In highly programmable designs, such as digital signal processor (DSP) designs, the DSP of a hearing assistance device can be configured to provide one or more of the switch 21, summer 24, noise generator 23, adaptive filter 25, hearing electronics (not shown), and their signal communications 28, 29, and 31. In one embodiment, the adaptive filter 25 is programmed to be a time-domain FIR filter with a number of taps that represent a combined interval of time that is large with respect to the bulk delay of the expected impulse response of the hearing assistance device 20. Switch 21 is programmed to receive white noise from noise generator 23. Any acoustic feedback canceller design that may be employed by the hearing assistance device design must be deactivated for this test. The impulse response H of the hearing assistance device is measured due to the injection of white noise by adapting the adaptive filter 25 in the presence of the white noise. In one embodiment, the adaptation is performed for about 4 seconds. Other adaptation times may be employed without departing from the scope of the present subject matter. The coefficients of the adaptive filter are representative of the impulse response and may be used for further processing as set forth herein.

In one embodiment, the host computer 10 is used to determine the maximum stable gain from the coefficients of the impulse response H. In such embodiments, the coefficients are transported to the host computer 10. Host computer 10 is adapted to emulate the signal processing demonstrated by FIGS. 3 and 4 in such embodiments.

FIG. 3 is a signal flow diagram of a signal processing system including a frequency domain adaptive filter used in a process to estimate the static feedback canceller coefficients according to one embodiment of the present subject matter. When implemented in host computer 10, this system can be emulated using software. FIG. 3 shows a time-domain filter 41 with fixed coefficients of the impulse response of the hearing assistance device H, connected to a bulk delay 43, noise source 48, and a frequency-domain adaptive filter 42 with output 49. The frequency-domain adaptive filter 42 comprises weighted overlap-add (WOLA) time-to-frequency-domain converters 44 that convert the incoming signals to frequency domain, and a WOLA synthesis module 46 that converts the frequency-domain results back into time-domain samples at output 49. Summer 47 is used to generate a closed loop negative feedback that provides a frequency-domain feedback canceller 42 that is approximately the same as the feedback canceller ultimately employed in hearing assistance device 20. Thus, in the design of FIG. 3, filter 41 is an approximation of the transfer function of the hearing assistance device without acoustic feedback cancellation, and filter 42 is the same design as the acoustic feedback canceller which will be employed in the hearing assistance device 20 in normal operation with the acoustic feedback canceller enabled (the “target” acoustic feedback canceller system”. Thus white noise is injected from noise source 48 and the adaptive filter 42 is allowed to run and to reach a stable solution. Once that stable solution is reached, the adaptive filter 42 is instructed to stop adapting. The parameters of that feedback canceller filter 42 are frozen and a second adaptive filter is added to the system, as shown in FIG. 4.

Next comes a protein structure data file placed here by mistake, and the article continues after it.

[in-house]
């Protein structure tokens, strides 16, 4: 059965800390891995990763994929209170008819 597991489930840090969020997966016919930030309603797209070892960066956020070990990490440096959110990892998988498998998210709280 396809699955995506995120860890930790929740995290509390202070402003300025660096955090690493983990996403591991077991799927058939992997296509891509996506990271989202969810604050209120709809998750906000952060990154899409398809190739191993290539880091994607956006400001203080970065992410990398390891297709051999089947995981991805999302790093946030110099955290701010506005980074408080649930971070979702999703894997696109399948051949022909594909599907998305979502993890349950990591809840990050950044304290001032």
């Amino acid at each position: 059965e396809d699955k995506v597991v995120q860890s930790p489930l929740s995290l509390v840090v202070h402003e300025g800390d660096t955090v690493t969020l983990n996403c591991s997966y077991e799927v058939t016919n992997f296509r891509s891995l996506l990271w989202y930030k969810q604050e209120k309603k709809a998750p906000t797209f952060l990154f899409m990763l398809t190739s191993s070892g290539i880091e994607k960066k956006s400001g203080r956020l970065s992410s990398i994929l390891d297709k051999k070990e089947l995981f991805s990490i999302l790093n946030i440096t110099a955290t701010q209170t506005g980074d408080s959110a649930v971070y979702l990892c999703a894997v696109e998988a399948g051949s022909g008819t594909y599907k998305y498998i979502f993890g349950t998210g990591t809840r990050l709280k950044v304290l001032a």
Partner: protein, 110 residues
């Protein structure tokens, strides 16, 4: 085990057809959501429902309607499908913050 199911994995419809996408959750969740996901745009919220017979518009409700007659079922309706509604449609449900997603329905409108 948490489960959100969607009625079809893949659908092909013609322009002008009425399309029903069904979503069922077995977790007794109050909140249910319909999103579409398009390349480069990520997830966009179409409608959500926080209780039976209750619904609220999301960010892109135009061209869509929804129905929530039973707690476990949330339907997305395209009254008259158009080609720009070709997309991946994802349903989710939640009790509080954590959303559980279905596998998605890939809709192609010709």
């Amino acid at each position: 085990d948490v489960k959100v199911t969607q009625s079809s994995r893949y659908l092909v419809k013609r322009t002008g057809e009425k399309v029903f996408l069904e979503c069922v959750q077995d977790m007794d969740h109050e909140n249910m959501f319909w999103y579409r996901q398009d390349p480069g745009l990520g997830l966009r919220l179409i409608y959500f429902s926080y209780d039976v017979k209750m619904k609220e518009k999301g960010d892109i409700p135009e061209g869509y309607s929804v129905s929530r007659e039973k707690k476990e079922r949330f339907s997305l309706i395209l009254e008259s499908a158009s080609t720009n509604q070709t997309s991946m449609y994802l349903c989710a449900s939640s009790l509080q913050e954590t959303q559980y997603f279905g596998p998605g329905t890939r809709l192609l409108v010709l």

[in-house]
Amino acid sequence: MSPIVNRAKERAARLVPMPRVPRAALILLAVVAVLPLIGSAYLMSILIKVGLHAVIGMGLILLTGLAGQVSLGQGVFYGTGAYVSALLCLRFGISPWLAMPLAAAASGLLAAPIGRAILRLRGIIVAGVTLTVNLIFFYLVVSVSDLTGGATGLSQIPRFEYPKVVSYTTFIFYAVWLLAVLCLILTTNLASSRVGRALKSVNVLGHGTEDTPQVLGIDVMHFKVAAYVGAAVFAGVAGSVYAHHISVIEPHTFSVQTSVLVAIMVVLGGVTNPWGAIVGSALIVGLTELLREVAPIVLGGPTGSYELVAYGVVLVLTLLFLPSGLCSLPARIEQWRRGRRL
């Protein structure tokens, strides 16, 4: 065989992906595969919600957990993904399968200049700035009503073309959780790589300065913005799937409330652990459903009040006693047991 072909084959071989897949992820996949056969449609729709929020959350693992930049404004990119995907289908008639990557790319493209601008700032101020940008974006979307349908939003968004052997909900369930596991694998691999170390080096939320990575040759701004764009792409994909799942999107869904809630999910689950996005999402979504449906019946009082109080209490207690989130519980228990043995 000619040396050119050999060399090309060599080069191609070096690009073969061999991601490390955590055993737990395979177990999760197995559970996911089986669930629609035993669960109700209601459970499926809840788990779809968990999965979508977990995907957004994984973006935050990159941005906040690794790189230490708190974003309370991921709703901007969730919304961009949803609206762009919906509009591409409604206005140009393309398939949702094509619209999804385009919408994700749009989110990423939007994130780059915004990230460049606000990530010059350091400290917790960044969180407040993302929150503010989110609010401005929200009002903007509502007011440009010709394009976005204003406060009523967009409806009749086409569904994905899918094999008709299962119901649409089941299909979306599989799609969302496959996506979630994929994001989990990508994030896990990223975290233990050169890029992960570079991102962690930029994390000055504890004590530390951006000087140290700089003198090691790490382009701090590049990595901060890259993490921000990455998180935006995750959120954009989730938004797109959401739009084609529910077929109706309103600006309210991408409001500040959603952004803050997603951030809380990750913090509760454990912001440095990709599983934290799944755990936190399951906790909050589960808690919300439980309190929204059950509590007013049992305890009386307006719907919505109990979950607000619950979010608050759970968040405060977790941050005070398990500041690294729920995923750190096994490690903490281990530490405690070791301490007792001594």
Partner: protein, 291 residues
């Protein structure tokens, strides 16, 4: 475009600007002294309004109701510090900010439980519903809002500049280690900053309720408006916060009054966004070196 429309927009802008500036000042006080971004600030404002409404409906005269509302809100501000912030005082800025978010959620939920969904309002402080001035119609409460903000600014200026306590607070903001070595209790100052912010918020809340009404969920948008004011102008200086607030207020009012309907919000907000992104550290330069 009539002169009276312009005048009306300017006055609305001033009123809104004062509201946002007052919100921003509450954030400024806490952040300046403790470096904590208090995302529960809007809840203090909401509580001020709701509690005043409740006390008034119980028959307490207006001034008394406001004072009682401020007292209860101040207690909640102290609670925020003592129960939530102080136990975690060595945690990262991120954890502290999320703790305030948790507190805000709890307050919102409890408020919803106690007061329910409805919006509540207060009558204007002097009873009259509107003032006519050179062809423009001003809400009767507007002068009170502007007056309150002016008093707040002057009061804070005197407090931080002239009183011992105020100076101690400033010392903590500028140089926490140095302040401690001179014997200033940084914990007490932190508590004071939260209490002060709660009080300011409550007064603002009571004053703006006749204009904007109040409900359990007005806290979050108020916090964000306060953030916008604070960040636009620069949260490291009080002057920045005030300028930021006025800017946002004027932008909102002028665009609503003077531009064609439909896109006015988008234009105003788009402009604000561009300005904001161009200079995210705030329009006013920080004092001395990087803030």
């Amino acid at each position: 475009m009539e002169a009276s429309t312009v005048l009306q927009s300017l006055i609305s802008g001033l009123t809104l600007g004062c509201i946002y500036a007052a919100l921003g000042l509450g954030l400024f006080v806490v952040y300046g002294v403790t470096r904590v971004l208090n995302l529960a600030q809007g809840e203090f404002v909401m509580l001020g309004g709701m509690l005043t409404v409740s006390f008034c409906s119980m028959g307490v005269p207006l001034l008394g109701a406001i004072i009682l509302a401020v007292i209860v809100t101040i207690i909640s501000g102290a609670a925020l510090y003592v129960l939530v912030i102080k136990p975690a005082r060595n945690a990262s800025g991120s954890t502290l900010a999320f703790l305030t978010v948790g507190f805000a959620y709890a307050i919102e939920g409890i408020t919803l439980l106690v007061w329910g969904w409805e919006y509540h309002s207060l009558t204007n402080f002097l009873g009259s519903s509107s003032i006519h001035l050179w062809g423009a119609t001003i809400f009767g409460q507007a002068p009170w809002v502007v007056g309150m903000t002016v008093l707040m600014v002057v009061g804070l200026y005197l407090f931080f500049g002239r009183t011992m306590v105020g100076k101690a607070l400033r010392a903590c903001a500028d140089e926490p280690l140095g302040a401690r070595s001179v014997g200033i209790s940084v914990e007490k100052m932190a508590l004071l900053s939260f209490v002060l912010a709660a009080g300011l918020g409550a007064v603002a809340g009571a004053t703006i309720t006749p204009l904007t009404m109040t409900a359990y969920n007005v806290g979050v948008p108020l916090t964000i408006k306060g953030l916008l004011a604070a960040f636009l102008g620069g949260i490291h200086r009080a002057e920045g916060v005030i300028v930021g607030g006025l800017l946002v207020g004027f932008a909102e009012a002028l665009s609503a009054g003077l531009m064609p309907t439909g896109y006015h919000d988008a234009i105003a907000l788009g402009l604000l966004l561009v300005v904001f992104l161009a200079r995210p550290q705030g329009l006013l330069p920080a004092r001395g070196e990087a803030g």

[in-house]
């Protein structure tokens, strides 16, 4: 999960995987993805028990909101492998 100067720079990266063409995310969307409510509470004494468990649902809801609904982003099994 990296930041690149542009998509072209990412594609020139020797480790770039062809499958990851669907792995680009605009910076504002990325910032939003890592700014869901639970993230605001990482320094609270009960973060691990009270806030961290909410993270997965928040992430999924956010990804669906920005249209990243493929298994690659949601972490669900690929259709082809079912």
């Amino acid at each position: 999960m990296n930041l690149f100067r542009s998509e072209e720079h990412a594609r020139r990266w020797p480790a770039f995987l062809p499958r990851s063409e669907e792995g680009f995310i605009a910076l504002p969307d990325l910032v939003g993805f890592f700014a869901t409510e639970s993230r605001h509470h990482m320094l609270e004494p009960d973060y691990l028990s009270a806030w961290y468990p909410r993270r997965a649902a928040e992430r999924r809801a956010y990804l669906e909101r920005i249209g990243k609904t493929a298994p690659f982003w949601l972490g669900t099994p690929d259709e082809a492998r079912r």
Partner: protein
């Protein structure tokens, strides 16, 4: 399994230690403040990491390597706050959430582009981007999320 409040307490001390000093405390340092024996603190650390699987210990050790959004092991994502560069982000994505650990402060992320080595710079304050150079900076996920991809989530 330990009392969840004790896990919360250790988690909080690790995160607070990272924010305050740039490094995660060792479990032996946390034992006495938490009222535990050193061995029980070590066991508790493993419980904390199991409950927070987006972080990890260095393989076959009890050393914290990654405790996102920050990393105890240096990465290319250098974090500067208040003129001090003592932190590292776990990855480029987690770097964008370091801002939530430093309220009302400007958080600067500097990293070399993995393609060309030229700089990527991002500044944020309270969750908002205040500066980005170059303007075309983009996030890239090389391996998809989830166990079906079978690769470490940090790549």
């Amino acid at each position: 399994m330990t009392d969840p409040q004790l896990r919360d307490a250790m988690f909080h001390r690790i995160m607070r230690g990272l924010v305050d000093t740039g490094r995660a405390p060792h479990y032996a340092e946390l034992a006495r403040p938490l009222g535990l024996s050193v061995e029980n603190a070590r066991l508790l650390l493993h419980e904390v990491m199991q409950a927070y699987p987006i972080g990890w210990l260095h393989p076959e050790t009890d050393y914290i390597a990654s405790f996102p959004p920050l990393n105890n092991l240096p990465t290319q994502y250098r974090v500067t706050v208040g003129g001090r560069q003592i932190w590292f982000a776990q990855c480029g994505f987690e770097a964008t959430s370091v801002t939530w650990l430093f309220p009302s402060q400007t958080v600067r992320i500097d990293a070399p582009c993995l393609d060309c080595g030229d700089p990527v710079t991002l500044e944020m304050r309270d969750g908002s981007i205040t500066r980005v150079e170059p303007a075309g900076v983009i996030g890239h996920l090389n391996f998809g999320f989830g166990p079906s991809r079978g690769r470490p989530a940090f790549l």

FIG. 4 is a signal flow diagram of a signal processing system including a frequency domain adaptive filter and a time domain adaptive filter used in a process to estimate maximum stable gain with the feedback canceller enabled according to one embodiment of the present subject matter. In FIG. 4, filter 42 is not allowed to further adapt; however, noise is again injected from noise source 48 and adaptive filter 52 is allowed to adapt to a stable solution. Filter 52 is demonstrated as a time-domain adaptive filter in one embodiment; however, it is understood that in various embodiments, filter 52 may be a frequency domain adaptive filter. The coefficients 59 of adaptive filter 55 are used to generate the maximum stable gain.

FIG. 5 is a flow diagram showing one process to obtain coefficients from a second adaptive filter to estimate the maximum stable gain, according to one embodiment of the present subject matter.